As the world moves toward a united digital experience: one drive, one email, one notepad, and one platform that synchronizes and transports everything to your every device as needed, the ability to pick up where you left off when web browsing is something that’s been lacking in the experience. Google Chrome introduced user accounts that log history, web activity, and bookmarks to allow for settings and such data to be accessible on any device where the chrome account it logged in but reloading websites from history can only do so much to point you in the direction of exactly what you were looking at, and the hassle that this guess and check reload history process entails is another story. Google has announced a “Continue Reading In Chrome” feature that allows users to pick up on the exact frame of browsing that they left off on when they switch from their mobile or tablet devices to their Chromebooks.
This feature has been released for testing on the Google Chrome Canary developer’s mode as Google continues to test it out before a product wide release on the Chromebook. This feature is limited to the Chrome OS at this stage but we can expect it to be made available on all Google Chrome applications on Windows, Mac, and other operating systems as well. The specifics of the announcement follow that the continue reading feature restores any activity within the last two hours. It reloads the most recent tab within the two hour time frame for continued reading and if multiple tabs were accessed in the allotted time, they are recommended as reloads but not reloaded directly. When a tab is reopened on another device, it continues to display from the frame that was being observed and an option to place a reading marker is also being tested so that the marker can be reloaded when the page is reopened later on.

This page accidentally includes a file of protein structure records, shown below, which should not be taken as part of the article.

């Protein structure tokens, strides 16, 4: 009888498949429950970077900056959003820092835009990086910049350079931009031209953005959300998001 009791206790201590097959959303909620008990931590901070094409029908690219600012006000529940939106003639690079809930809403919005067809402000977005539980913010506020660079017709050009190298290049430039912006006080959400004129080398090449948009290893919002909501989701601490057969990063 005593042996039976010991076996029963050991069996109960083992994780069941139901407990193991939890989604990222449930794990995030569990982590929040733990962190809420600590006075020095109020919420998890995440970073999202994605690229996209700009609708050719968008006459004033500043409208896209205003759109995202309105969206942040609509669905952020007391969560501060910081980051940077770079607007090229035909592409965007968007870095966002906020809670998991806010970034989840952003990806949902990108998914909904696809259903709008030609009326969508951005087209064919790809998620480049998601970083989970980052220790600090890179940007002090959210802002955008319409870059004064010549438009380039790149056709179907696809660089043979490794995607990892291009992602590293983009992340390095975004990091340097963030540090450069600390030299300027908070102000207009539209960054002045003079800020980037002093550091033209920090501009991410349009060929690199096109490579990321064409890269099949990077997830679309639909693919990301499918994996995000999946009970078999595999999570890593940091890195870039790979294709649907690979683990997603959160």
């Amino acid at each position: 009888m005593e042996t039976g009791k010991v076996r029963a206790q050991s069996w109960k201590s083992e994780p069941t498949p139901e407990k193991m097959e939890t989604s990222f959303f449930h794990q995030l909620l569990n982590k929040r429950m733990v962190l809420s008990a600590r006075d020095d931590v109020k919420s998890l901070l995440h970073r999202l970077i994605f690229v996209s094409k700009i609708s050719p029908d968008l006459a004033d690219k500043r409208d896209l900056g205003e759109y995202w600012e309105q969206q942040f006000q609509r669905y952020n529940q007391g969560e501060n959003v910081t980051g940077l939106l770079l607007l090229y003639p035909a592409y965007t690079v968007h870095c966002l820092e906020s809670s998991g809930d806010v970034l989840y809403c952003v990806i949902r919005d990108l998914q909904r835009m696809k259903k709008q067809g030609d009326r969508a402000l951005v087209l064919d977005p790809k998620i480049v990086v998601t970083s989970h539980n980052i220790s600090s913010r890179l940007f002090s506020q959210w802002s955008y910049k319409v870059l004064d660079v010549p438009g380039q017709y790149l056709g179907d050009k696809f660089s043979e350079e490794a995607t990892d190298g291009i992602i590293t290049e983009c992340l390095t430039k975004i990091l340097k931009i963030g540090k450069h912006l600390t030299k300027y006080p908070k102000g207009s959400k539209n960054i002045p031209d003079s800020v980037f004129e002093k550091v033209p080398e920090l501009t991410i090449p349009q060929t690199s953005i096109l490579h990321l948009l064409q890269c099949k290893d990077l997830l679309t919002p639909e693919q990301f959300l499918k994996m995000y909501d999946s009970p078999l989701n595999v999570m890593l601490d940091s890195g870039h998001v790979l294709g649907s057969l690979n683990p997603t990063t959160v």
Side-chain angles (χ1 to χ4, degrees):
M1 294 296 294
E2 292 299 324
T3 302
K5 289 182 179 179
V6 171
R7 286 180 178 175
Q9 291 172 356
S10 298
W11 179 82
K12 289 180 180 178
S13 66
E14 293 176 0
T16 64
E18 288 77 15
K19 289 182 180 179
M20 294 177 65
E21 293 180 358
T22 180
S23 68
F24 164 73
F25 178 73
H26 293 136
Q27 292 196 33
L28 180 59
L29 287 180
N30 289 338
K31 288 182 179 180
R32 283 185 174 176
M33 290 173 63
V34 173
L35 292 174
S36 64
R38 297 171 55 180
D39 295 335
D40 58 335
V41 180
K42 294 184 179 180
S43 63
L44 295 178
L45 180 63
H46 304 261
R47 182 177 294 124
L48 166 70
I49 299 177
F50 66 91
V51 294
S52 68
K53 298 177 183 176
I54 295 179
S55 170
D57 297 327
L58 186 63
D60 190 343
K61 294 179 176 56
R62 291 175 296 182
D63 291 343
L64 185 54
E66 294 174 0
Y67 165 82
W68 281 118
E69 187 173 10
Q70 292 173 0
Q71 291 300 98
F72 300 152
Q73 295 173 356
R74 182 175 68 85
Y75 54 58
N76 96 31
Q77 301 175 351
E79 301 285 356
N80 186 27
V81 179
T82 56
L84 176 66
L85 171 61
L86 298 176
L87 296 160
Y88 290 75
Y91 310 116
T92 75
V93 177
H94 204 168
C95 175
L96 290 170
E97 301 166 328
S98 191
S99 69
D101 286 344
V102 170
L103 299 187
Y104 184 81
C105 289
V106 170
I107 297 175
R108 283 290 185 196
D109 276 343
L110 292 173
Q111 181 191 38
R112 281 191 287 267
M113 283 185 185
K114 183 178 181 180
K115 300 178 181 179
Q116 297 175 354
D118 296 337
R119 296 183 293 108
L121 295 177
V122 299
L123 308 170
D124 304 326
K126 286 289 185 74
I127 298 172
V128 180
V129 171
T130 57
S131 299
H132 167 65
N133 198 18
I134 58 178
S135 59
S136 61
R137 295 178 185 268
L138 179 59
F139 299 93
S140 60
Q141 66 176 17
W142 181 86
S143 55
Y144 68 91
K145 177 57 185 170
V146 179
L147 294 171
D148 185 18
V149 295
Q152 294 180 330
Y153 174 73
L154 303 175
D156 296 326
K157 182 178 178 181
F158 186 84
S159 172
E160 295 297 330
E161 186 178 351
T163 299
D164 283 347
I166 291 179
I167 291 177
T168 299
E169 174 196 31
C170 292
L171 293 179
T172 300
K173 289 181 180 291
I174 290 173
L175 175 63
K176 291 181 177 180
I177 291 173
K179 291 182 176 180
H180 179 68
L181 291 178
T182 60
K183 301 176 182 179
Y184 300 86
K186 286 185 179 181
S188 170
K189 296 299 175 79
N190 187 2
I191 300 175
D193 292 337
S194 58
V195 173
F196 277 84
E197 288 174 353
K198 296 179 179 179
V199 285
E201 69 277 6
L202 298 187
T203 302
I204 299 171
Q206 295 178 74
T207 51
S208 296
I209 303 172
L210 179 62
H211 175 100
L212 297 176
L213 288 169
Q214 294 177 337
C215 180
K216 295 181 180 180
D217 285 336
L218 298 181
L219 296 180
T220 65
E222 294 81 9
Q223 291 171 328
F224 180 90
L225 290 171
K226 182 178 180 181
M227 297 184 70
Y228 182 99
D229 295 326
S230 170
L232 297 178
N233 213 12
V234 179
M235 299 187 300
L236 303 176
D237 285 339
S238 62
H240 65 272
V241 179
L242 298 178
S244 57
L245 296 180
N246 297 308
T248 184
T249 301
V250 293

A release date for the official update has not been announced yet, but as Internet Explorer and Microsoft applications have already implemented this feature, it’s not long before we expect Google to outdo them in this regard as well. The specifics of Google’s continuation feature will roll out in Canary over the next few days and keeping up with those developments can give us a sense of what’s to come.